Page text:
The Systar System, as you can easily guess, consists of Bianca's LEGO bricks. What you might not guess, however, is that they're not the bad guys. When Bianca plays with Finn's minifigs, they're not brainwashed, but genuinely enjoying themselves more than they have in ages. It's particularly noteworthy that Batman, who's been characterized in this series as being both broodingly angry and reflexively opposed to any attempt to solve his deep personal issues, is not only convinced to enjoy himself, but to also fix his problem of being unable to hold committed relationships.
Lucy's the longest hold out, representing Finn's denial that enjoying anything not hard-edged can be okay, but even she ends up accepting the Systar denizens are not evil. Sadly, Bianca only played the Systar characters as "evil" and destructive because it was the only way to get Finn's attention. Who's the actual villain? It's Emmet.
More specifically, Emmet is at risk of becoming the villain. The reason Emmet and Rex Dangervest share the same voice? They're the same character. Rex is the "mature" version of Emmet from the future who's traveled back in time to guarantee Emmet will end up becoming him. The old Emmet might be naive, but he was also a genuinely kind and thoughtful person, whereas Rex might appear cooler, but in reality he's toxic masculinity personified. Emmet ultimately has to defeat Rex within Finn's subconscious in order for Finn to be a decent brother.
The LEGO Movie 2 isn't anti-darkness. The Apocalypseburg setting is genuinely fun, and even when Finn and Bianca reconcile, Finn's grittier creations can peacefully coexist alongside Bianca's sparkly poptimism, both seemingly incongruous sides influencing each other in fun and creative ways. What it is against is despair.
"Everything is awesome" is a childish sentiment that even the first movie, set entirely in the mind of a young child, could see was fake. "Everything is awful," however, is an adolescent sentiment that's ultimately even less helpful. What the film's thesis settles on, in a memorable musical number, is that everything isn't awesome, but that's no reason not to try to make things better.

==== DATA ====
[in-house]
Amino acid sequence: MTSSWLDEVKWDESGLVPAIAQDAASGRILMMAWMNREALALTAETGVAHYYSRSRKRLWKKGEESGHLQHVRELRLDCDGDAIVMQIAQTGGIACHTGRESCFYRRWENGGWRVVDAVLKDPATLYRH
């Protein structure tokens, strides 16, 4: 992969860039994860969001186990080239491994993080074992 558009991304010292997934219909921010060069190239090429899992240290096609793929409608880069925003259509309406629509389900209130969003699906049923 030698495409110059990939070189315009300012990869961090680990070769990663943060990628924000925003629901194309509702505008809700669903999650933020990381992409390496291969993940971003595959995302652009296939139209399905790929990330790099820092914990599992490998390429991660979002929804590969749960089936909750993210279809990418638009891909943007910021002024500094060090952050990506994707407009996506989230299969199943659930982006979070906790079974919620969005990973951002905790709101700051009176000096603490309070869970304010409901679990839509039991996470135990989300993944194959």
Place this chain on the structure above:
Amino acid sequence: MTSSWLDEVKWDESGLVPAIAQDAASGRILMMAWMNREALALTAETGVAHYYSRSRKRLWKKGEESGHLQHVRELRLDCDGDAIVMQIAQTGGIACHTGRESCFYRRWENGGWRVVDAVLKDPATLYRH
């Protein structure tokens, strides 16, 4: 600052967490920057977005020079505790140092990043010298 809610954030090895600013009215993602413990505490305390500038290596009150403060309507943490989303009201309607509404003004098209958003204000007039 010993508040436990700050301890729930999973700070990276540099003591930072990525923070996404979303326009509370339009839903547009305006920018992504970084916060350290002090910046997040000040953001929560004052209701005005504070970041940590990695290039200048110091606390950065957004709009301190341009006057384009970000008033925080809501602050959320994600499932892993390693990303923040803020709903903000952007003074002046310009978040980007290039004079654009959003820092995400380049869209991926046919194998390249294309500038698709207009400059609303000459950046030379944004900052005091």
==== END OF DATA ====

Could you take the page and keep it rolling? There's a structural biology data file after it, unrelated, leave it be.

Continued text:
That's an awfully useful message for both kids and adults. Far more sophisticated that the "edgy for the sake of edgy" mentality of, say, Zack Snyder's DC films (The LEGO Batman Movie already served as a worthy takedown of those). And this is all in the silly package of a LEGO movie.
Bill Maher, in all likelihood, is never going to watch it, nor will those comics fans with misplaced and overly defensive ideas about maturity. If either were willing to let their guard down and enjoy this gleefully silly children's movie, they might realize that maturity isn't about putting away "childish things," but about putting away the childish attitudes their reflexive rejections of being possibly perceived as childish ironically embody.
In theaters now, The LEGO Movie 2: The Second Part stars Chris Pratt, Elizabeth Banks, Nick Offerman, Will Arnett, Alison Brie, Charlie Day, Tiffany Haddish, Maya Rudolph and Stephanie Beatriz.